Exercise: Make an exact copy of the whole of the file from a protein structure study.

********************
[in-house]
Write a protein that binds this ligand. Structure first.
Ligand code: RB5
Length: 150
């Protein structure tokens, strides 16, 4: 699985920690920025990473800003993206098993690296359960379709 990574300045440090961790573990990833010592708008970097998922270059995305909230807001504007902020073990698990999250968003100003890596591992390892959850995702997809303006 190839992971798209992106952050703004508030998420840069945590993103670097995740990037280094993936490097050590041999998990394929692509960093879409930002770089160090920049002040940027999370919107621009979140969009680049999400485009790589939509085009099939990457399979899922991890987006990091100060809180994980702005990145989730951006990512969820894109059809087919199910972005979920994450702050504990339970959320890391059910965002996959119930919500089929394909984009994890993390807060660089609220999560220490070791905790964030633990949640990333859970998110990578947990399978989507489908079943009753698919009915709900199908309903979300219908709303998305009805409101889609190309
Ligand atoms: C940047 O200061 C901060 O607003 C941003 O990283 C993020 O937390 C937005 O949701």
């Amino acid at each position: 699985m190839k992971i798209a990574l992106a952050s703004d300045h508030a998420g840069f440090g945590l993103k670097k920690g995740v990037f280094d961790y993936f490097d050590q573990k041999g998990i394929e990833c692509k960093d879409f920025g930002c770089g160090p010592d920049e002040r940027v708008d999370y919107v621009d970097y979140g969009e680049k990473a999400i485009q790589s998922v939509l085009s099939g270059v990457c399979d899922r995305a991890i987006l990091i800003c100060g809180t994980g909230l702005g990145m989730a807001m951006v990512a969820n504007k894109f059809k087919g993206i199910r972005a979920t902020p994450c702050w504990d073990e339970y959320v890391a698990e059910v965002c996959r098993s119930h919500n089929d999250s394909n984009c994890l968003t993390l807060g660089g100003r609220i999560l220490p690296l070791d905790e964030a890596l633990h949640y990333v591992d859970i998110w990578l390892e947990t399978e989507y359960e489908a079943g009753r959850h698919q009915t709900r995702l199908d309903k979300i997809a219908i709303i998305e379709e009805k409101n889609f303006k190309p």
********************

[in-house]
Write a protein that binds this ligand. Structure first.
Ligand code: RB5
Length: 150
């Protein structure tokens, strides 16, 4: 699985920690920025990473800003993206098993690296359960379709 990574300045440090961790573990990833010592708008970097998922270059995305909230807001504007902020073990698990999250968003100003890596591992390892959850995702997809303006 190839992971798209992106952050703004508030998420840069945590993103670097995740990037280094993936490097050590041999998990394929692509960093879409930002770089160090920049002040940027999370919107621009979140969009680049999400485009790589939509085009099939990457399979899922991890987006990091100060809180994980702005990145989730951006990512969820894109059809087919199910972005979920994450702050504990339970959320890391059910965002996959119930919500089929394909984009994890993390807060660089609220999560220490070791905790964030633990949640990333859970998110990578947990399978989507489908079943009753698919009915709900199908309903979300219908709303998305009805409101889609190309
Ligand atoms: C940047 O200061 C901060 O607003 C941003 O990283 C993020 O937390 C937005 O949701």
């Amino acid at each position: 699985m190839k992971i798209a990574l992106a952050s703004d300045h508030a998420g840069f440090g945590l993103k670097k920690g995740v990037f280094d961790y993936f490097d050590q573990k041999g998990i394929e990833c692509k960093d879409f920025g930002c770089g160090p010592d920049e002040r940027v708008d999370y919107v621009d970097y979140g969009e680049k990473a999400i485009q790589s998922v939509l085009s099939g270059v990457c399979d899922r995305a991890i987006l990091i800003c100060g809180t994980g909230l702005g990145m989730a807001m951006v990512a969820n504007k894109f059809k087919g993206i199910r972005a979920t902020p994450c702050w504990d073990e339970y959320v890391a698990e059910v965002c996959r098993s119930h919500n089929d999250s394909n984009c994890l968003t993390l807060g660089g100003r609220i999560l220490p690296l070791d905790e964030a890596l633990h949640y990333v591992d859970i998110w990578l390892e947990t399978e989507y359960e489908a079943g009753r959850h698919q009915t709900r995702l199908d309903k979300i997809a219908i709303i998305e379709e009805k409101n889609f303006k190309p």